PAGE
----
The thing that it has as a story surrogate relates, broadly and with dubious accuracy, the life of Eva Perón née Duarte (Madonna), born illegitimately in 1919 in rural Argentina. It tracks her laser-like focus on sleeping her way into modest radio stardom, which put her in position to meet Colonel Juan Perón (Jonathan Pryce, who looks about as much like a "Juan" as I do like an "Ichiro") at a charity gala in 1944. They married, and she threw herself into a fiery populist campaign to get him elected president in 1946. Together they (mostly she) were extravagantly beloved by the people of Argentina, until her stunningly premature death from cancer in 1952 rocketed her to the position that she still occupies of secular saint.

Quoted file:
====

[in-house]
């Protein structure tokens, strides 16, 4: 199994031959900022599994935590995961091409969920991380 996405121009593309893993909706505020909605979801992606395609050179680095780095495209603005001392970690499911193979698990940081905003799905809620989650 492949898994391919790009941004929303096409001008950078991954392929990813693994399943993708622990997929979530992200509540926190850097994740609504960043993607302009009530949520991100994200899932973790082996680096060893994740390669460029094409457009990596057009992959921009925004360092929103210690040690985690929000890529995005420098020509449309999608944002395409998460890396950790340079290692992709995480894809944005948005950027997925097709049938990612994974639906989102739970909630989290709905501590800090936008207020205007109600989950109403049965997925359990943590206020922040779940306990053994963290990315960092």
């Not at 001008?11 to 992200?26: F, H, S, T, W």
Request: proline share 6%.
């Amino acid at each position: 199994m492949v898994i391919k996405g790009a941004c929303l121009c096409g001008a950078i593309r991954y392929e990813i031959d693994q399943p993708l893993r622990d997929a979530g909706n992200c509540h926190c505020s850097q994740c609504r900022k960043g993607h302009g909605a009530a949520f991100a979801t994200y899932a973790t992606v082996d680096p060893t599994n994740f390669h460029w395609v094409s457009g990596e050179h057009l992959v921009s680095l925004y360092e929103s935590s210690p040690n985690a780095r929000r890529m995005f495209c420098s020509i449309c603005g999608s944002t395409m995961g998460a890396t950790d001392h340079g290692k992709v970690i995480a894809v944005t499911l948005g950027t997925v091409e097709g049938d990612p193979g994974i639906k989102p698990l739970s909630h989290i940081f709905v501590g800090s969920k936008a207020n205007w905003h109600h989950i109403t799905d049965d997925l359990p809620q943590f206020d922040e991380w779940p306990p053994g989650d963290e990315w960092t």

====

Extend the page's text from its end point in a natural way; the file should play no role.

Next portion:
Fleshing that sketch out is where things get a bit rocky because, well, the film really doesn't (I'll plead ignorance as to whether the show does: I've never seen Evita staged, and I'm familiar only with the 1976 concept album that would be considerably re-worked for its 1978 theatrical debut). Parker does what he can with that favorite trick of silent filmmakers, the Zooming Newspaper Headline, but the almost totally sung-through story offers very little room for context or historical depth, and while that might play in the concert-like surroundings of live theater, the trappings of prestige cinema are too concrete, and Parker's directing too drably normal to survive such an abstract storytelling register. Evita doesn't end up feeling like a movie, but a series of music videos stitched together by montages. And, frequently interrupted by montages: one of the small number of brash stylistic tricks that Parker trots out, and probably shouldn't have, is to use impressionistic flashbacks and flashforwards to pep up what would otherwise be static moments of characters just standing there singing for a few minutes, and while I admire the effort, it doesn't land. We came for "Don't Cry for Me Argentina". We did not come to see "Don't Cry for Me Argentina" turned into a repository of footage we just watched, like, 40 minutes ago.